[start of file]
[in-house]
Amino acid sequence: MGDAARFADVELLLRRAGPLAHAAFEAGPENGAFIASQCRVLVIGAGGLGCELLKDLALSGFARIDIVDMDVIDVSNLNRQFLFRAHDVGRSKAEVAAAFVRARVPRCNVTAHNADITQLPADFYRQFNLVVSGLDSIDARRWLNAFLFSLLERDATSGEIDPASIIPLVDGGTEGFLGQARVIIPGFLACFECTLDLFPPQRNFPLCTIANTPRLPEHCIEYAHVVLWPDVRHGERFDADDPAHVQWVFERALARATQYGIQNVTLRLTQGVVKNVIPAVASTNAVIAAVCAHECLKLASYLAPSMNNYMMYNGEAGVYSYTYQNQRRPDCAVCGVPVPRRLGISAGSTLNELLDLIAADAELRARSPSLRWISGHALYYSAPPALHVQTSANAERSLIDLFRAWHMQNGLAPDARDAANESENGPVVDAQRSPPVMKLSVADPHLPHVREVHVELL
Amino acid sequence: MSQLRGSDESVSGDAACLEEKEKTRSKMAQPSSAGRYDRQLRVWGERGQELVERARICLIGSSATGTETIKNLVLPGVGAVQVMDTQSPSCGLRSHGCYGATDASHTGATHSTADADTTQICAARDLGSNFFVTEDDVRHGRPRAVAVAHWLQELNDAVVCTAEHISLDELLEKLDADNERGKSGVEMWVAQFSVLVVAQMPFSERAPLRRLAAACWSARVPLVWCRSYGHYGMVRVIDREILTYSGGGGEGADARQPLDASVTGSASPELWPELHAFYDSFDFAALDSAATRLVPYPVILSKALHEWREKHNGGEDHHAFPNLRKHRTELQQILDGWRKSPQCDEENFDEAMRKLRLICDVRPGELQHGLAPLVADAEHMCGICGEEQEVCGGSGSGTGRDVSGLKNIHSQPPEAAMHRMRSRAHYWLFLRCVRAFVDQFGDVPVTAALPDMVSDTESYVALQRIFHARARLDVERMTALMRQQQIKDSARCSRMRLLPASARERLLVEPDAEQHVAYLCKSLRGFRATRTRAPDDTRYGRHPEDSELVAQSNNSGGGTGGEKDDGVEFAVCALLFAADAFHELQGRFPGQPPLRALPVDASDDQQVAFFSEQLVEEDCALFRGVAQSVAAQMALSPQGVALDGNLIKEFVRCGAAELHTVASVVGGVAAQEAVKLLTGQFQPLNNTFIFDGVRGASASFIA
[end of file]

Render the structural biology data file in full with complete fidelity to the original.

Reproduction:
[in-house]
Amino acid sequence: MGDAARFADVELLLRRAGPLAHAAFEAGPENGAFIASQCRVLVIGAGGLGCELLKDLALSGFARIDIVDMDVIDVSNLNRQFLFRAHDVGRSKAEVAAAFVRARVPRCNVTAHNADITQLPADFYRQFNLVVSGLDSIDARRWLNAFLFSLLERDATSGEIDPASIIPLVDGGTEGFLGQARVIIPGFLACFECTLDLFPPQRNFPLCTIANTPRLPEHCIEYAHVVLWPDVRHGERFDADDPAHVQWVFERALARATQYGIQNVTLRLTQGVVKNVIPAVASTNAVIAAVCAHECLKLASYLAPSMNNYMMYNGEAGVYSYTYQNQRRPDCAVCGVPVPRRLGISAGSTLNELLDLIAADAELRARSPSLRWISGHALYYSAPPALHVQTSANAERSLIDLFRAWHMQNGLAPDARDAANESENGPVVDAQRSPPVMKLSVADPHLPHVREVHVELL
Amino acid sequence: MSQLRGSDESVSGDAACLEEKEKTRSKMAQPSSAGRYDRQLRVWGERGQELVERARICLIGSSATGTETIKNLVLPGVGAVQVMDTQSPSCGLRSHGCYGATDASHTGATHSTADADTTQICAARDLGSNFFVTEDDVRHGRPRAVAVAHWLQELNDAVVCTAEHISLDELLEKLDADNERGKSGVEMWVAQFSVLVVAQMPFSERAPLRRLAAACWSARVPLVWCRSYGHYGMVRVIDREILTYSGGGGEGADARQPLDASVTGSASPELWPELHAFYDSFDFAALDSAATRLVPYPVILSKALHEWREKHNGGEDHHAFPNLRKHRTELQQILDGWRKSPQCDEENFDEAMRKLRLICDVRPGELQHGLAPLVADAEHMCGICGEEQEVCGGSGSGTGRDVSGLKNIHSQPPEAAMHRMRSRAHYWLFLRCVRAFVDQFGDVPVTAALPDMVSDTESYVALQRIFHARARLDVERMTALMRQQQIKDSARCSRMRLLPASARERLLVEPDAEQHVAYLCKSLRGFRATRTRAPDDTRYGRHPEDSELVAQSNNSGGGTGGEKDDGVEFAVCALLFAADAFHELQGRFPGQPPLRALPVDASDDQQVAFFSEQLVEEDCALFRGVAQSVAAQMALSPQGVALDGNLIKEFVRCGAAELHTVASVVGGVAAQEAVKLLTGQFQPLNNTFIFDGVRGASASFIA